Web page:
Teen mother repeatedly tried to smother her baby, Fort Worth jurors told
FORT WORTH -- Shantaniqua Nykole Scott's life changed drastically at age 17 when she gave birth to a baby boy.
She went from being a carefree teenager to a single, unemployed mother who could no longer attend school.
So on July 16, 2010, prosecutors say, Scott decided to get her old life back by trying to take the life of her son, Rhaidyn.
"I put my hand over his face," Scott told a detective in a tape-recorded interview. "He stopped breathing. ... I didn't want to deal with the stress and the fact that I had a kid any more."
Scott's recorded confession was played for jurors Wednesday during the opening day of testimony in Scott's trial, which is being held in state district Judge Scott Wisch's courtroom.
Scott, 18, of Waco has been charged with two counts of injury to a child/serious bodily injury, stemming from allegations that she tried to smother her son by placing a blanket and then her hand over his nose and mouth while the child was in the hospital.
If convicted, she faces a sentence that ranges from probation to life in prison.
During her opening statement, prosecutor Rainey Webb, who is trying the case with Eric Nickols, told the jury to prepare themselves for what they were going to hear and see.
Webb told the panel that 4-month-old Rhaidyn was flown from a Waco hospital to Cook Children's Medical Center in Fort Worth, where he was being treated for recurring, life-threatening gastroesophageal reflux that was causing him to stop breathing.
But after he arrived at Cook's, Webb told the jury, a doctor suspected something else was causing the baby to stop breathing and placed him in a video-monitored room.
Webb said that the doctor's suspicions were confirmed July 16 when a code alarm sounded, indicating that the boy's vital signs were failing. Medical personnel rushed in and revived the baby, but a check of the video showed Scott pressing a blanket, then her hand over the infant's face to block his breathing.
"There was no medical condition that made this baby stop breathing," Webb told the jury. "It was this defendant's hand. ... I wish we didn't have to show this video to you. A few more seconds and he would have been dead. ... Her disregard and her selfishness nearly cost the child his life."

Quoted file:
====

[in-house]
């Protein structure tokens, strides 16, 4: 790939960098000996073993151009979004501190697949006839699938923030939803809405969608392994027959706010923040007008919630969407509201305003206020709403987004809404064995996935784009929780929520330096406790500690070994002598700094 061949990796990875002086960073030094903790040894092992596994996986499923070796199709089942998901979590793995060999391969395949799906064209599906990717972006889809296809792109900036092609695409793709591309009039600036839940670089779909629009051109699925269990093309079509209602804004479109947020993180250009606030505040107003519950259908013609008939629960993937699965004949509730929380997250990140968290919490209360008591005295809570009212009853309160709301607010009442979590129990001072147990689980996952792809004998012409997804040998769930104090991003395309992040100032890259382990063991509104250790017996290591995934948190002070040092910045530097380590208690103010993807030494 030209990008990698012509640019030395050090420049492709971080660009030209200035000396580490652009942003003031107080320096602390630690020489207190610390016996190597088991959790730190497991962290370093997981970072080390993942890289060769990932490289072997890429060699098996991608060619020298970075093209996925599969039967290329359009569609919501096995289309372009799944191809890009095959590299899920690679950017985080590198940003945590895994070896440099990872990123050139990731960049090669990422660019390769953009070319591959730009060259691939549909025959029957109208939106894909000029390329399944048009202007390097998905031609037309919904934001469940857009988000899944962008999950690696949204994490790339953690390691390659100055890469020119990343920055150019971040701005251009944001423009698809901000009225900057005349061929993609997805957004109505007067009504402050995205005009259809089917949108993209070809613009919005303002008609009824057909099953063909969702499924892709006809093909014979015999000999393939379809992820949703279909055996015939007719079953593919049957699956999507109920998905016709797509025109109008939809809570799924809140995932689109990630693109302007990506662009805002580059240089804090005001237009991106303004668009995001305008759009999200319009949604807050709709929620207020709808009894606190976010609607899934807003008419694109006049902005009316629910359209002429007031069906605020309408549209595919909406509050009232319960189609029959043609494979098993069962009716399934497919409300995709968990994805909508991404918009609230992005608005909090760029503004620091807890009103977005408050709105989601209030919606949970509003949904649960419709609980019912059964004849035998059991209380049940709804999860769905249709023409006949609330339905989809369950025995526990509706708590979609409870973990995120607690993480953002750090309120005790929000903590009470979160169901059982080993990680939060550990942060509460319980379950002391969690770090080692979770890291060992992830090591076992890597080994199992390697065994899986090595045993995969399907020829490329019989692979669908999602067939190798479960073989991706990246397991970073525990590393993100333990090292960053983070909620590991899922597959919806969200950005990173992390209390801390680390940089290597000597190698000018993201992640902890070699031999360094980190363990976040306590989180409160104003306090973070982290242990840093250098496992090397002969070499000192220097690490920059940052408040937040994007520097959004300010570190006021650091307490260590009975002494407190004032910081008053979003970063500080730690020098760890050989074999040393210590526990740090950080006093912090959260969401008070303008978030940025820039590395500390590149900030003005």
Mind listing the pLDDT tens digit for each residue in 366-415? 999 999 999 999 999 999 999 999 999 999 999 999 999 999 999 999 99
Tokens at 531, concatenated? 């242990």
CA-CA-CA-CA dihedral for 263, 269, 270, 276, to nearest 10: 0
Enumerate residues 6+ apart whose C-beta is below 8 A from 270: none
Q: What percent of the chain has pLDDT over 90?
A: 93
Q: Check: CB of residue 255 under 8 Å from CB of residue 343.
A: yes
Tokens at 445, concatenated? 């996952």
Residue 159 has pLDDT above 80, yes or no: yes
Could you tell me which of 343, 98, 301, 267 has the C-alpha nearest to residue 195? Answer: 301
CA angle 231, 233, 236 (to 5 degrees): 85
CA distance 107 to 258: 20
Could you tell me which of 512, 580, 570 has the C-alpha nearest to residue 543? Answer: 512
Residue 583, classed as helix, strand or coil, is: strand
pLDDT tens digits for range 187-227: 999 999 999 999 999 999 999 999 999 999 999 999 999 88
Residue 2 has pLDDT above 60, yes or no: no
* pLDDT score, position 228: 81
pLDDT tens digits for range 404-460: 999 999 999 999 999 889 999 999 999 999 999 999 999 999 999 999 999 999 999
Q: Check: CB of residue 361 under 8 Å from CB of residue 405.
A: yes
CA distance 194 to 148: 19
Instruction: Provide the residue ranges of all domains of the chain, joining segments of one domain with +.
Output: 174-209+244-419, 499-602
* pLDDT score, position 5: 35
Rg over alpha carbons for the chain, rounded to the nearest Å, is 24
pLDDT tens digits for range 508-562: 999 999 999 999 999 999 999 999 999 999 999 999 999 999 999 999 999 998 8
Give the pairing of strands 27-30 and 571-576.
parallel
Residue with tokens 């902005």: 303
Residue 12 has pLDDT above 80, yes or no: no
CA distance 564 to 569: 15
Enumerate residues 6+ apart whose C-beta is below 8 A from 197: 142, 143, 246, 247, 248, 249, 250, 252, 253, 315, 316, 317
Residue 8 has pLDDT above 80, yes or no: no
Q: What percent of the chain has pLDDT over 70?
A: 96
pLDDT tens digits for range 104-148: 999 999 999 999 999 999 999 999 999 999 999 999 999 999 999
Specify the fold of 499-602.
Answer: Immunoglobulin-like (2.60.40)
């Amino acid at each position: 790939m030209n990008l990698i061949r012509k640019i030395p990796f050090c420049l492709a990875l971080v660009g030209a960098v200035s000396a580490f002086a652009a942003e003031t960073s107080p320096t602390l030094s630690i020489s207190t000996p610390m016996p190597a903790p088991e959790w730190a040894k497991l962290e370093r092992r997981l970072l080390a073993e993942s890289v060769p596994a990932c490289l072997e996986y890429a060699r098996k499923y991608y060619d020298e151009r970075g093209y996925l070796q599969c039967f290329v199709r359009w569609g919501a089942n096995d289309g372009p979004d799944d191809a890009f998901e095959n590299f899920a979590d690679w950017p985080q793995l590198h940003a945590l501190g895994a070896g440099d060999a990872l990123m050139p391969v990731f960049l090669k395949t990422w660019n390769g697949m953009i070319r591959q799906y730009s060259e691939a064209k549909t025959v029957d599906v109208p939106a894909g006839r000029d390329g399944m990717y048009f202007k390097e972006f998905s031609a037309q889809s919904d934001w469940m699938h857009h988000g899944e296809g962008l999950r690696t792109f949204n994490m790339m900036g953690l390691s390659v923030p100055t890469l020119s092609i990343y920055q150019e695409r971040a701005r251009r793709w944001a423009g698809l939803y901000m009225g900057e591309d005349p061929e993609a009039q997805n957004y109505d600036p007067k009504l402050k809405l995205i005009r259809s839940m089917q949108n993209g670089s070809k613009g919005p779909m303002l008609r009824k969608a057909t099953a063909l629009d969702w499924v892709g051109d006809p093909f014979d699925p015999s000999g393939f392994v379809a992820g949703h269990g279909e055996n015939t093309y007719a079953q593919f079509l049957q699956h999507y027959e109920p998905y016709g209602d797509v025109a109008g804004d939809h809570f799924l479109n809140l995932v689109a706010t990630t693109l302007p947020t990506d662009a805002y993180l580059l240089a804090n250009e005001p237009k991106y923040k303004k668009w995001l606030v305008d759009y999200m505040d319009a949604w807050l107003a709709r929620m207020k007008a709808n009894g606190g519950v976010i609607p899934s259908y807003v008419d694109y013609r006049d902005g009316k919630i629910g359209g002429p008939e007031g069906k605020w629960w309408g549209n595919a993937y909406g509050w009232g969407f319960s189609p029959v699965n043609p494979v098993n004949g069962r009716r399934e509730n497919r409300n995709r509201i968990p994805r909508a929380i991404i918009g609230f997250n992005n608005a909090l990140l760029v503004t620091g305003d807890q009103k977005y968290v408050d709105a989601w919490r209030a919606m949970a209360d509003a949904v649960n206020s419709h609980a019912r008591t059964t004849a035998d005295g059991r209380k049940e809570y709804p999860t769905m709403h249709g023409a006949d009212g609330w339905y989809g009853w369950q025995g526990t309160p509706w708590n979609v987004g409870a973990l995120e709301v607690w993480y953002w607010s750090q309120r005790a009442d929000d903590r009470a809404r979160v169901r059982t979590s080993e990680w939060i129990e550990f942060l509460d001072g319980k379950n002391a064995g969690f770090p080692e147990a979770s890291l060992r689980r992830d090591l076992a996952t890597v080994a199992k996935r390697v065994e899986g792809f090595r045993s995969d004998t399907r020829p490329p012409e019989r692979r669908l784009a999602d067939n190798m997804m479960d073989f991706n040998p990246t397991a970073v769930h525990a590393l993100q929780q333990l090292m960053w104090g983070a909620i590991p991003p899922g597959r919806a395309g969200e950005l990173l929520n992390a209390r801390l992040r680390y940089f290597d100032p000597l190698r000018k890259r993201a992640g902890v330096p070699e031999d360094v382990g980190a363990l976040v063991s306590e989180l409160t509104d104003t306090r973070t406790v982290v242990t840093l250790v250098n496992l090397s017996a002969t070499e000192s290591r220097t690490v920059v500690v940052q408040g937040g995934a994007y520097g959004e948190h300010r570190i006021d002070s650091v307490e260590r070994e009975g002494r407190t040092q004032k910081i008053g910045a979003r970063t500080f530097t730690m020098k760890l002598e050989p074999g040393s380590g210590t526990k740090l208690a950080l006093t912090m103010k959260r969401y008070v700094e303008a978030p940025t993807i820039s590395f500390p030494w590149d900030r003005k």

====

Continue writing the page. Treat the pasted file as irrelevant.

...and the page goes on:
Defense attorney David Jones reserved his right to make an opening statement later in the trial, but he suggested through cross-examination of witnesses that the baby did not suffer serious bodily injury because of the incident.
After opening statements, prosecutors called Fort Worth Detective Dennis Hutchins of the crimes-against-children unit, who investigated the case and interviewed Scott. She had initially denied doing anything to harm her baby.
But after Hutchins repeatedly told her that he "absolutely" knew that she done something, she confessed. Among other things, she told Hutchins how she had no job to support her son, that the baby's father wanted nothing to do with them, and how difficult it was being a teenage mother.
Late in the afternoon, the courtroom fell silent for more than 10 minutes as jurors watched the video, which first showed Scott holding a blue Winnie the Pooh blanket over her son's face for 21 seconds before taking it away. A short time later, she leaned against his hospital crib, with her head in her hand, and nonchalantly held her hand over his mouth and nose for a minute and 14 seconds. The baby can be seen kicking his legs and flailing his arms before finally going limp.
Emergency personnel rushed in and worked on the baby, who would have died without medical help, said Dr. Sami Hadeed, the Cook's doctor who had been trying to determine what was wrong with Rhaidyn before the incident. He said the video still haunts him.
"You have a baby who was being smothered by his mom," Hadeed said with tears in his eyes. "He fought endlessly before he basically quit. I still get emotional and I get night sweats every time I think about it. I take care of the sickest of the sick, and I cannot get over a baby who is perfectly healthy and whose life was endangered by someone who was supposed to protect him."
The child is currently in foster care.